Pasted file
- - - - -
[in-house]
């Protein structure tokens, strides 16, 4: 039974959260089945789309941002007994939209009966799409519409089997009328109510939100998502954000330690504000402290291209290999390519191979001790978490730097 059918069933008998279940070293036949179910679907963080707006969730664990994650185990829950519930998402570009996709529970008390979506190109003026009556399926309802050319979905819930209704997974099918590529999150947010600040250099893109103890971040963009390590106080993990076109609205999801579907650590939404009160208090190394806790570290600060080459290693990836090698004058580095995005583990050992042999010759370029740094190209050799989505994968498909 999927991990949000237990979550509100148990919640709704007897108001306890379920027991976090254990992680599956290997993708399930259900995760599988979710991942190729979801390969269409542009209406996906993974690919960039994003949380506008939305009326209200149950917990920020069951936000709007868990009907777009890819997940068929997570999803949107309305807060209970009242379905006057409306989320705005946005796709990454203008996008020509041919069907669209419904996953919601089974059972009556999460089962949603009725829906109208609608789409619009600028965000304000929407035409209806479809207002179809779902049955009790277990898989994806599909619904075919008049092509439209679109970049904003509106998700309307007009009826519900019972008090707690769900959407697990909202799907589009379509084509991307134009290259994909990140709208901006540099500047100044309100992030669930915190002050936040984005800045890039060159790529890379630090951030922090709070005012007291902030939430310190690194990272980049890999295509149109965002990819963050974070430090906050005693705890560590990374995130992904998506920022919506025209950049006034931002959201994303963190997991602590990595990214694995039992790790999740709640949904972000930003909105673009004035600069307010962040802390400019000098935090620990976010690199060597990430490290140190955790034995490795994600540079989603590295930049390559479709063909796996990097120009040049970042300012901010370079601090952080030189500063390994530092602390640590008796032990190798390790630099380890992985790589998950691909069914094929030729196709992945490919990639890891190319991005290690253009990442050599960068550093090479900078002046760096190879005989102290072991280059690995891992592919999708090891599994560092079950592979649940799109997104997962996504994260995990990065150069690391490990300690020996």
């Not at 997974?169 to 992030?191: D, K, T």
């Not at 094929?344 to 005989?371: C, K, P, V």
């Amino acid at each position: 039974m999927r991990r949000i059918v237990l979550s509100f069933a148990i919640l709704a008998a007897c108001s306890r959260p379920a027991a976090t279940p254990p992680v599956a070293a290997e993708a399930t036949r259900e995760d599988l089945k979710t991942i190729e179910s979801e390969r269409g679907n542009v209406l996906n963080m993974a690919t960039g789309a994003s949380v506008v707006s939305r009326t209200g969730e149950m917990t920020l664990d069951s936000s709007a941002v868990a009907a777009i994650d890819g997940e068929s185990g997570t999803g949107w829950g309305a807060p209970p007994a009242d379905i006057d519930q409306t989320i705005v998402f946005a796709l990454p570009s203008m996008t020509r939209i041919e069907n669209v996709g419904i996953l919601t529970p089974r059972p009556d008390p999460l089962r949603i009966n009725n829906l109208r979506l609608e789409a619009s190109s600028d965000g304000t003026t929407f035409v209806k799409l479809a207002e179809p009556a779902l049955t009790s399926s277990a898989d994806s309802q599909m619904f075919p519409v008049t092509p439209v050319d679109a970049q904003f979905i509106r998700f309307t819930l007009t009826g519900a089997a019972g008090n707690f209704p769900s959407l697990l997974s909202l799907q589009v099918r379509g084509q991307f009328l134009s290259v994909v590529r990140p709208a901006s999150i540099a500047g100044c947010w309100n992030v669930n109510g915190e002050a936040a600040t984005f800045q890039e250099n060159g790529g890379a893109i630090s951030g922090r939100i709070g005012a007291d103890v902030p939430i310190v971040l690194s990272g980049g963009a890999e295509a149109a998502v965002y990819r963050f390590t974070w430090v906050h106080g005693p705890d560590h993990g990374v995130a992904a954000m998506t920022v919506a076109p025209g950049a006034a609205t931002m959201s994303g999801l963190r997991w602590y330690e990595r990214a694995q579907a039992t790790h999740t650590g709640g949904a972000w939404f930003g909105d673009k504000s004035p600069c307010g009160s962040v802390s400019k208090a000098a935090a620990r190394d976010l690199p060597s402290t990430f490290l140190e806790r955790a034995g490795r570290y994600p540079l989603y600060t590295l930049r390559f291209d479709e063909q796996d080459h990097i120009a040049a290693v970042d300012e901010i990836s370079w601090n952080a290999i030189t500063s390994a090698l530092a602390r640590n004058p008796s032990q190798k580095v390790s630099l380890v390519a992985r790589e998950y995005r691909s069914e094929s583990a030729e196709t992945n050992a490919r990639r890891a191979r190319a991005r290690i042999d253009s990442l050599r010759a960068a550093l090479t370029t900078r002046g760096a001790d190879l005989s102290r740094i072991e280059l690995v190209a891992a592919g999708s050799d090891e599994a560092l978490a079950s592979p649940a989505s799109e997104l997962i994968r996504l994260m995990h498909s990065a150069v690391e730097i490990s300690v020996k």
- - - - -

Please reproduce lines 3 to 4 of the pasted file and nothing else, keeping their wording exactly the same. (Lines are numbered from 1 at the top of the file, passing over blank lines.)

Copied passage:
């Not at 997974?169 to 992030?191: D, K, T």
């Not at 094929?344 to 005989?371: C, K, P, V």